This landlord-tenant dispute centers on Indiana’s rental agreement deposit statute. The landlord brought this appeal, asserting (a) that he established all the requisite elements of his claim for back rent, late fees, damages to the premises, and attorney fees; and (b) that he was not required to return the tenant’s damage deposit or provide a notice of damages until the tenants provided him with notice of their new mailing address, and that within forty-five days of the tenants’ surrender of possession on February 20, 2007, he provided an itemized summary of dam-ages to the tenants at the trial of the case on March 16, 2007. The tenants admit to breaching the agreement by failing to pay rent after August 2006. On appeal, only one of the tenants, Sarah Holt, has responded, alternatively arguing that the landlord terminated the lease on November 8, 2006, and that the landlord failed to provide a notice of damages within forty-five days as required by statute, or that if the lease terminated on February 20, 2007, the landlord’s trial exhibit itemizing damages should not be deemed sufficient to satisfy the security deposit statute.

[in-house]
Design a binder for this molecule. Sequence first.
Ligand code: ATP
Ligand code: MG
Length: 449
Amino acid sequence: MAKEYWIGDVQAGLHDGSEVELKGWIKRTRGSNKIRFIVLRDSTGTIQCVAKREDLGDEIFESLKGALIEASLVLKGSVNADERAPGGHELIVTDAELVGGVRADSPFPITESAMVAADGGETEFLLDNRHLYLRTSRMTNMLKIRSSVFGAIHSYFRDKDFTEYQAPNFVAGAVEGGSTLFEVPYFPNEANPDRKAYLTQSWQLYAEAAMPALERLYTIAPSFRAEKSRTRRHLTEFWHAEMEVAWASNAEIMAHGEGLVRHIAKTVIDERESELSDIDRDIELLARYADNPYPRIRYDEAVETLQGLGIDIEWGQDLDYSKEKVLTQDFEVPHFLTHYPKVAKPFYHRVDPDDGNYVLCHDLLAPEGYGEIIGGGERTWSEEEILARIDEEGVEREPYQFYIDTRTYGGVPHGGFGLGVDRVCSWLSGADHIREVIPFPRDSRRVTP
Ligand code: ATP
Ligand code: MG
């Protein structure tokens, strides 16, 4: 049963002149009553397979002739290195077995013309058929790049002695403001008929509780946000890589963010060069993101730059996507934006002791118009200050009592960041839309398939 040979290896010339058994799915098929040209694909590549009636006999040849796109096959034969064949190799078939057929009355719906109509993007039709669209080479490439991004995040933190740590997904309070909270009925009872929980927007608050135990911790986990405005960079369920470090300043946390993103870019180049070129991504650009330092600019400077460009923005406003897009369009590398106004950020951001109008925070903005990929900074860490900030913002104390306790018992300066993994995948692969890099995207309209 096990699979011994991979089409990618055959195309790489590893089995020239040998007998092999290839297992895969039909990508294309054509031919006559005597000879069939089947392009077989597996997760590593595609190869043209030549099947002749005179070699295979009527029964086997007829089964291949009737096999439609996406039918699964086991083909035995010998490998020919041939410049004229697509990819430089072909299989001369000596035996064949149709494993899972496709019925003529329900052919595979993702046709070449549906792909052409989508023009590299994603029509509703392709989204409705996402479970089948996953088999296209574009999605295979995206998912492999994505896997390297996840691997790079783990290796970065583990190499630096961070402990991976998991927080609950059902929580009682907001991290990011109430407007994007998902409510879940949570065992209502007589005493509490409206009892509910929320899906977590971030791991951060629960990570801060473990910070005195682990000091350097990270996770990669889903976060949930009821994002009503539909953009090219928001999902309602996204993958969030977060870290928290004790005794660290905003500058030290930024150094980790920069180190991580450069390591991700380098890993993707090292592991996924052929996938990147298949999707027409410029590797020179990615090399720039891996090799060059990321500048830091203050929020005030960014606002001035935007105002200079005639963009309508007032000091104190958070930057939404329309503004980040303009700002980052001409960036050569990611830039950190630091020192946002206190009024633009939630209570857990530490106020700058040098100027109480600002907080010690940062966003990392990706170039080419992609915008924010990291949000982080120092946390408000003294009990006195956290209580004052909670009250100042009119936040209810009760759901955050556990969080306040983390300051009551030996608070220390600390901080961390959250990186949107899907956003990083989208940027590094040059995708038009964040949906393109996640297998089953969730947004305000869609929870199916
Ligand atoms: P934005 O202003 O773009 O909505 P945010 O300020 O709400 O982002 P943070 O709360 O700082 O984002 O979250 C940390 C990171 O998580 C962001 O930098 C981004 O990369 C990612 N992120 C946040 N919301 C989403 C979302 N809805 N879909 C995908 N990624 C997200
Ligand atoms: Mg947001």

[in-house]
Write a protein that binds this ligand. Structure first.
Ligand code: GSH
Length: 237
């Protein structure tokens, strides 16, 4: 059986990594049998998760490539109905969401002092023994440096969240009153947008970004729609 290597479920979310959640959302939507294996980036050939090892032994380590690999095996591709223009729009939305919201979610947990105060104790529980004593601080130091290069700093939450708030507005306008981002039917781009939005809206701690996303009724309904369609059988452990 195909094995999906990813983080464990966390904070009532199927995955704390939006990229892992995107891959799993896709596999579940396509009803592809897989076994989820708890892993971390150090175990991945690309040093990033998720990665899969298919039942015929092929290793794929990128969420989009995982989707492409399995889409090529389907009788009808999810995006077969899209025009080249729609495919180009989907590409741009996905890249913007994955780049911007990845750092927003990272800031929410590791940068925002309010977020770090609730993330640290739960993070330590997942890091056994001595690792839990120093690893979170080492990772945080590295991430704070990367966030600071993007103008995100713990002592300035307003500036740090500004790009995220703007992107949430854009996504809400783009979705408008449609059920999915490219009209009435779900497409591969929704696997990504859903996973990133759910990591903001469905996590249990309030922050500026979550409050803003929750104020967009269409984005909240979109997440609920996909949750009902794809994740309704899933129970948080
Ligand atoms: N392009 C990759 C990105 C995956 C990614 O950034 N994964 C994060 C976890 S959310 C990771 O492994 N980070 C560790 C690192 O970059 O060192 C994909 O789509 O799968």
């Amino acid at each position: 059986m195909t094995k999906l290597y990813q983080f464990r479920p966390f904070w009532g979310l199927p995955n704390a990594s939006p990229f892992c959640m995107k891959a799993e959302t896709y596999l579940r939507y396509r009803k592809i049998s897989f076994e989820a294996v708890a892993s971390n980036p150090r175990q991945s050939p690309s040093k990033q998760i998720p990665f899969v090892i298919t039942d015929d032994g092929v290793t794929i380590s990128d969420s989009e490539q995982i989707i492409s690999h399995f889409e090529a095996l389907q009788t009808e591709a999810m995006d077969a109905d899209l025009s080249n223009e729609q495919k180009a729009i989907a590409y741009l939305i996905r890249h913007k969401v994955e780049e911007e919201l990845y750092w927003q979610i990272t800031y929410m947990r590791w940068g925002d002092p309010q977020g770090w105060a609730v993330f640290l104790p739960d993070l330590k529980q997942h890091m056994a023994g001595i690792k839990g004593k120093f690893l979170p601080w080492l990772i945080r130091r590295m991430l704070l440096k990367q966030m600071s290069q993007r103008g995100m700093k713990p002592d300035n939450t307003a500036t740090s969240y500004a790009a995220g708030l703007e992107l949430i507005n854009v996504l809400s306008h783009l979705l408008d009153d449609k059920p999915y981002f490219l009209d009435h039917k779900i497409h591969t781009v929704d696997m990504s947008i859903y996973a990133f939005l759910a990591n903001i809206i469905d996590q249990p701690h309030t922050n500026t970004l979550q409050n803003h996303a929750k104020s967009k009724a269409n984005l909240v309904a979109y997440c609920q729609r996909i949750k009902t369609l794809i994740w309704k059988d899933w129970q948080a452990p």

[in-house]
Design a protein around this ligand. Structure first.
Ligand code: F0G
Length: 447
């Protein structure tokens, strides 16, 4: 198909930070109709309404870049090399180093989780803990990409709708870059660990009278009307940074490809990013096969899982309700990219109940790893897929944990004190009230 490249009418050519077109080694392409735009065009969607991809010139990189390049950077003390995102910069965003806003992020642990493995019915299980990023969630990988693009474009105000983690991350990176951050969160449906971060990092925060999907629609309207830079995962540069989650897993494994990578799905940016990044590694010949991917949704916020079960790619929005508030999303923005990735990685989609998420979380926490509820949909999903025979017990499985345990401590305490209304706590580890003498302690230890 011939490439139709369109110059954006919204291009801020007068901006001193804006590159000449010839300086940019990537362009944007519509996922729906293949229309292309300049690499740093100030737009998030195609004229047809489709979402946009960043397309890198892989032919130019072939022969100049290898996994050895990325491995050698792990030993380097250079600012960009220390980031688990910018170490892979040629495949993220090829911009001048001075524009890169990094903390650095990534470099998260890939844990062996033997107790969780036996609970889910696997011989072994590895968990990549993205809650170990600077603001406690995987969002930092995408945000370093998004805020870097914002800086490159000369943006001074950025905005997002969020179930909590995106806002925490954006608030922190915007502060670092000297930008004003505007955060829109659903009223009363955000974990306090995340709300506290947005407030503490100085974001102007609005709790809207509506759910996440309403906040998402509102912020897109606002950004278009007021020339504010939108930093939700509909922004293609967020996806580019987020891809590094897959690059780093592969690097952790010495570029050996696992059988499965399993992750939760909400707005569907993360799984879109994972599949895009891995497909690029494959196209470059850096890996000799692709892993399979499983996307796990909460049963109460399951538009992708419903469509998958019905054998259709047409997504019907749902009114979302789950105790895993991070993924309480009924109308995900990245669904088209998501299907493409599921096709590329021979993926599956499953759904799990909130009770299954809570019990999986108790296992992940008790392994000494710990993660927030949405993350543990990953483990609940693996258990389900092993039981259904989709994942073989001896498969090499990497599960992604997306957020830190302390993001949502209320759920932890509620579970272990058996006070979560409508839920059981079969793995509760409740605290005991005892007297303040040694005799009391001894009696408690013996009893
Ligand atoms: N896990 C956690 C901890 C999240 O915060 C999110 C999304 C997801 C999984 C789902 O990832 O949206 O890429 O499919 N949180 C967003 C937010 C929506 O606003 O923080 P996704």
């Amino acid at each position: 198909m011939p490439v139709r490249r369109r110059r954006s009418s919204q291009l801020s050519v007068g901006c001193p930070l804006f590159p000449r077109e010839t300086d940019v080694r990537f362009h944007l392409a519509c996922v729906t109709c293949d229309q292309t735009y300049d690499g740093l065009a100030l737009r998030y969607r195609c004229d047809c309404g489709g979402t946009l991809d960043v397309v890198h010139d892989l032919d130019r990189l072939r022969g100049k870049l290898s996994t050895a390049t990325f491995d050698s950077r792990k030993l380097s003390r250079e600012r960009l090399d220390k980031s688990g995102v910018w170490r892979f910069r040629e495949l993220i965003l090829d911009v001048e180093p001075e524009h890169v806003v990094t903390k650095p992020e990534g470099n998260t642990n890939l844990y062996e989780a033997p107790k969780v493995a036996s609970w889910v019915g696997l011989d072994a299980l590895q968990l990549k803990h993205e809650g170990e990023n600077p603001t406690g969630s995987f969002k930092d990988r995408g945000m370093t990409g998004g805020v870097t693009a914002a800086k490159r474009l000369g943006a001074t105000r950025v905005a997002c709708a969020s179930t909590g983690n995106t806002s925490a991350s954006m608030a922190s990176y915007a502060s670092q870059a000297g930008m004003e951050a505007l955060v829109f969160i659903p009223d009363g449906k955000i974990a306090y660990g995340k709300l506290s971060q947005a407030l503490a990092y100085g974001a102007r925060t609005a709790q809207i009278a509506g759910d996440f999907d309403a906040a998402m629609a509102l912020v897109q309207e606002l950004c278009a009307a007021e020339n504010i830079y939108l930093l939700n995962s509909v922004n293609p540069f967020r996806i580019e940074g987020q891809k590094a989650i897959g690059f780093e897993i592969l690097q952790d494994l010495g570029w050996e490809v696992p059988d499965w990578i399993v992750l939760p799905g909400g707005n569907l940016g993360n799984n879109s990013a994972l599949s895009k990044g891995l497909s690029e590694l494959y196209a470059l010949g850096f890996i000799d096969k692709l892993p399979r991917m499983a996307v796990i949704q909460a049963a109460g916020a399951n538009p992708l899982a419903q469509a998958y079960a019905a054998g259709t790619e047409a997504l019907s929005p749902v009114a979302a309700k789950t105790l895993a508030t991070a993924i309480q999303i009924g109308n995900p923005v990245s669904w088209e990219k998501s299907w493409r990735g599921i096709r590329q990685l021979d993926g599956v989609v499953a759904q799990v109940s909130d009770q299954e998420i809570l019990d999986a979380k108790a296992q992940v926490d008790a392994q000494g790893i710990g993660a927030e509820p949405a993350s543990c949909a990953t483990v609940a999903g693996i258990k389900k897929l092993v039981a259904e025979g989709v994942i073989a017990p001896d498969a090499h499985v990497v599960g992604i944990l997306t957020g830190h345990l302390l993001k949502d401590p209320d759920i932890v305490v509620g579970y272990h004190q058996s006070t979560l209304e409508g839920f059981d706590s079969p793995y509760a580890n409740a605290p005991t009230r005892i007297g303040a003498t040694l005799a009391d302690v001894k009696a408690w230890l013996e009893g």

Conclusion (slip op. at 7-8): We hold that a failure to timely comply with the notice of damages requirement subjects a landlord to forfeiture of all claims for physical damage to the premises, to refund of a tenant’s damage deposit, and to payment of the tenant’s statutory attorney’s fees incurred by the tenant in seeking return of the deposit and in resisting the landlord’s claim for premises damages, but such failure does not preclude a landlord from recovery of unpaid rent or other damages to which the landlord may otherwise be entitled. Here, the landlord’s total claims so exceed the $6,000.00 small claims jurisdictional limit that the inadequacy of the landlord’s purported notice of damages is immaterial, even though it would preclude his recovery of the portion of his claim that consists of physical damages to the premises and attorney fees, and would require him to refund the tenants damage deposit and resulting attorney fees. This cause is remanded to the trial court for entry of a judgment for the landlord in the sum of $6,000.00.
Boehm, and Rucker, JJ., concur. Shepard, C.J., concurs in result with separate opinion.
Sullivan, J., dissents with separate opinion: “I respectfully dissent . . . simply put, if occupancy ends with a tenant owing a landlord more than the amount of the security deposit in damages (as defined in section 13), subsection (c) expressly authorized the landlord to recover the additional amount – but only so long as the landlord has complied with sec-tion 14 and subsection (a) of section 12 . . .”